PCC opens Downtown Seattle store

This article was originally published in March 2022

Downtown PCC

PCC’s newest store is in the heart of downtown Seattle, the only full-service grocery serving the neighborhood.

The 19,000-square-foot store is located in Rainier Square at 1320 Fourth Ave. It’s expected to serve office workers as well as downtown residents—including many who might live or work in the 58-story mixed-use project. The store brings new job opportunities for the community as well as career growth for existing staff, working with UFCW Local 21, which has represented the co-op’s non-management store staff for nearly 40 years.

Features for shoppers include a large deli section with “grab and go” meals and stations for hot pizza, soup, grain bowls and salads. Along with PCC grocery staples and a produce section stocked with local and organic fruits and vegetables, the store offers a full-service seafood department, flowers, nut butter grinders, bulk coffee (as well as ready-made drip) and bulk spices. Seating areas for eating are available both inside the store and in a common area. While the majority of shoppers are expected to arrive on foot, PCC provides one hour of free parking in the shared garage space with a minimum $5 purchase.

The opening store director is Jai San Miguel, previously director of the Central District PCC and assistant store director (ASD) of the West Seattle PCC. Annies Tan, previously ASD at PCC’s View Ridge store, will be the Downtown store’s opening ASD.

PCC CEO Krish Srinivasan and Store Director Jai San Miguel
Andrea Sigo artwork composite
(Top photo) PCC CEO Krish Srinivasan and Store Director Jai San Miguel celebrate the store opening. (Bottom photo) Artist Andrea M. Wilbur-Sigo stands by her carving, “A Way of Life,” at the new Downtown PCC store. Photos by Suzi Pratt.


As with its other stores, the Downtown PCC staff will work with local food banks to extend food access programming. It began the work before the store opened, creating a new Downtown Seattle Food Access Grant, where six organizations received $5,000 each to buy organic foods to reduce food insecurity. (The recipients were Asian Counseling and Referral Service, Northwest Harvest’s SODO Community Market, Pike Place Market Foundation, Pike Market Senior Center and Food Bank, Puget Sound Labor Agency Food Bank and Seattle Indian Health Board.)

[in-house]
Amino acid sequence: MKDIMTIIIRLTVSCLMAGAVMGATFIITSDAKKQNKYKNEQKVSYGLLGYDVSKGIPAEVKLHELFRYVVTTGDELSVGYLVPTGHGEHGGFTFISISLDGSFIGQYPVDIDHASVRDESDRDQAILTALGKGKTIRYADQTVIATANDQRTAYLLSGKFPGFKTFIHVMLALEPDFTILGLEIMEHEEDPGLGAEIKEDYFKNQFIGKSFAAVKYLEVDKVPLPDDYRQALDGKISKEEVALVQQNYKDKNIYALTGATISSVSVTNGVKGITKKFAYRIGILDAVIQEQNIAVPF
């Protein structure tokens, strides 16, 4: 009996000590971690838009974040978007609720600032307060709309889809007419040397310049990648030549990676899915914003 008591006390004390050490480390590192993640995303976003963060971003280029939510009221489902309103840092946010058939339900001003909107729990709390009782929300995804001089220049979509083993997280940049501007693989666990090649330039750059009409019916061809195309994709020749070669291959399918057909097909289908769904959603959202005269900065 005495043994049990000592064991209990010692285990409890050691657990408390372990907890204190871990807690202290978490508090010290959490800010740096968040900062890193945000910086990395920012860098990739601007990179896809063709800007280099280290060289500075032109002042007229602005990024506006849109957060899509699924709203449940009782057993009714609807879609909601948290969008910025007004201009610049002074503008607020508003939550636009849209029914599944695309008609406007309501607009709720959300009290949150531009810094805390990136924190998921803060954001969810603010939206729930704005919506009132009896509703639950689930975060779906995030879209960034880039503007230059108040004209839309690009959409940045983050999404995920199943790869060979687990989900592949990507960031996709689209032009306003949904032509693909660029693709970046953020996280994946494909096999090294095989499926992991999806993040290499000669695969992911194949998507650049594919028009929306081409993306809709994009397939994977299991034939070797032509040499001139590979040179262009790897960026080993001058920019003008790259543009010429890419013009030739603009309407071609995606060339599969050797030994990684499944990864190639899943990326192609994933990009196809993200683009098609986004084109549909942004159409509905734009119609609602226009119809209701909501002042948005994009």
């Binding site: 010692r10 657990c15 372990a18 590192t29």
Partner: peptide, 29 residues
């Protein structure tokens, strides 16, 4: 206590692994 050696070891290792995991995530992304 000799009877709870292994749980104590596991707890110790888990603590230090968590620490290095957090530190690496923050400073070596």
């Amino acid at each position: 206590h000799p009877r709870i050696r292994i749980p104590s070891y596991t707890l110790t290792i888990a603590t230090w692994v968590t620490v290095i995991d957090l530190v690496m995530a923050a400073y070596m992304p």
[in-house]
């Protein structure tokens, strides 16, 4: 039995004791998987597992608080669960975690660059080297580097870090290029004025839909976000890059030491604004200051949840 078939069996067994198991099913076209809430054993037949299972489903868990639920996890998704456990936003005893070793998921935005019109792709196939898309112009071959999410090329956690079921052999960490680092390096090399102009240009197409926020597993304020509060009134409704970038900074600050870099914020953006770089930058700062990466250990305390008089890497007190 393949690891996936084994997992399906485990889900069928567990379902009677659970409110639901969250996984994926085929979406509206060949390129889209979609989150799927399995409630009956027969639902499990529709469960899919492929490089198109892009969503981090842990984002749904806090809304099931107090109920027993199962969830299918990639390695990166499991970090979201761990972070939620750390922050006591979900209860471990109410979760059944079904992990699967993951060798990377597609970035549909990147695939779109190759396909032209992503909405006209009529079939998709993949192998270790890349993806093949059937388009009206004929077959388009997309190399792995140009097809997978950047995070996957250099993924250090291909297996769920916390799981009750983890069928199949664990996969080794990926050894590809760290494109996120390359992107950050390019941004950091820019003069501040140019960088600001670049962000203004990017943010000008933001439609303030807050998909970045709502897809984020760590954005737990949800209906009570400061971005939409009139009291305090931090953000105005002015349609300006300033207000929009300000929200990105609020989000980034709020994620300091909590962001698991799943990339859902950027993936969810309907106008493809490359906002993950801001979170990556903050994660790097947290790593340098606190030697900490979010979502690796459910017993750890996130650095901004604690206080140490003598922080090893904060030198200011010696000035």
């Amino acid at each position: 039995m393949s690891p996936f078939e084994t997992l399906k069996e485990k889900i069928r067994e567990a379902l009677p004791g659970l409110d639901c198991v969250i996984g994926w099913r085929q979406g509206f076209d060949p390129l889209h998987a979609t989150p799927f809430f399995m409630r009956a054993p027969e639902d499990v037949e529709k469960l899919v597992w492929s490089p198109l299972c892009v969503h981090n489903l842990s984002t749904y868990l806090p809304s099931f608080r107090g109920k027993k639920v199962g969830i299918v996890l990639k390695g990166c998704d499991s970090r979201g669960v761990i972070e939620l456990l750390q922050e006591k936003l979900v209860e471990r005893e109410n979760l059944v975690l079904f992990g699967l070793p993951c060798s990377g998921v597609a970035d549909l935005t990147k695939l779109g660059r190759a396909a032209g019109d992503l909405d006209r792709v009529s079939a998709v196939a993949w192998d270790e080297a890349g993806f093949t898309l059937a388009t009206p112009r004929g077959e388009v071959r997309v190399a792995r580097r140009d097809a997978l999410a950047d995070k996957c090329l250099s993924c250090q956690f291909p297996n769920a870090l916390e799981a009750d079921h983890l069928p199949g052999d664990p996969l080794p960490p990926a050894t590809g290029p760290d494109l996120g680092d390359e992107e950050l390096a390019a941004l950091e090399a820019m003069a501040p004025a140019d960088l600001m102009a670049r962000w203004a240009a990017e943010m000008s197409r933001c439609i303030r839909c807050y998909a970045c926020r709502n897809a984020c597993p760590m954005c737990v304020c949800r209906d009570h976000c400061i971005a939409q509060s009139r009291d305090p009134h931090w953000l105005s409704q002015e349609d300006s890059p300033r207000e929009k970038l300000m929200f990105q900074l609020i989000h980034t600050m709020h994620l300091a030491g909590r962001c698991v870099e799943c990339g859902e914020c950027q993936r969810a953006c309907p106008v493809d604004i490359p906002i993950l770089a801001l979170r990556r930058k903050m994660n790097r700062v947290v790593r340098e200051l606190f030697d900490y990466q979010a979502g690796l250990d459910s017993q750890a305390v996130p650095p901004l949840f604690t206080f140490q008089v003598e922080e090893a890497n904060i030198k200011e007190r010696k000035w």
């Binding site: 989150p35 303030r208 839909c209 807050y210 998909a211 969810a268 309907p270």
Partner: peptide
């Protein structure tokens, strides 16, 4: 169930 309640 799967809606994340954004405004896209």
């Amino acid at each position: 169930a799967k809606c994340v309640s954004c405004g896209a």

PCC is seeking certification for the store from the Living Building Challenge, the world’s most rigorous green building standard, as it did with its Ballard, Bellevue and West Seattle stores. (In 2020 the Ballard PCC became the world’s first grocery store to earn Living Building Challenge (LBC) Petal Certification by the International Living Future Institute (ILFI).)

While a great deal of the certification process focuses on environmentally sound building materials and energy use, another aspect of it is beauty, which PCC has fulfilled in part through incorporating original pieces by local artists in each certified store.

Shoppers at the Downtown PCC will be immersed in the story of Andrea M. Wilbur-Sigo’s work, titled “A Way of Life,” in the form of two house post wooden carvings mounted on the interior dining area wall.

Wilbur-Sigo is a member of the Squaxin Island Tribe and is the first known woman carver of many generations of carvers in the Coast Salish style. The house posts depict two individuals and convey the connection between people and the environment. In Wilbur-Sigo’s words: “Together is the only way things work. Without one another we would not be whole. We need each other, together we are a strong community and apart we stand alone. Together we tell a story, a written story, that will change and adapt as life changes. They will always hold the strong roots of the cedar tree and the survival of our waterways.”

She added that “My works explore the balance between the environment and industrial activities, inspiring conversations about our complicated relationship with nature. I chose to collaborate with PCC because of their focus on sustainability in their products and even in-store design. I am pleased to have this opportunity to share these carvings with the PCC community—bringing nature into an industrial space.”

Also in this issue

PCC Customer Service Stars

Meet Zoe Foote from the Central District PCC and Luke Redler from the Green Lake Aurora PCC!

Letters to the editor

Child labor concerns • Reading recommendation • Styrofoam and the supply chain • Organics certification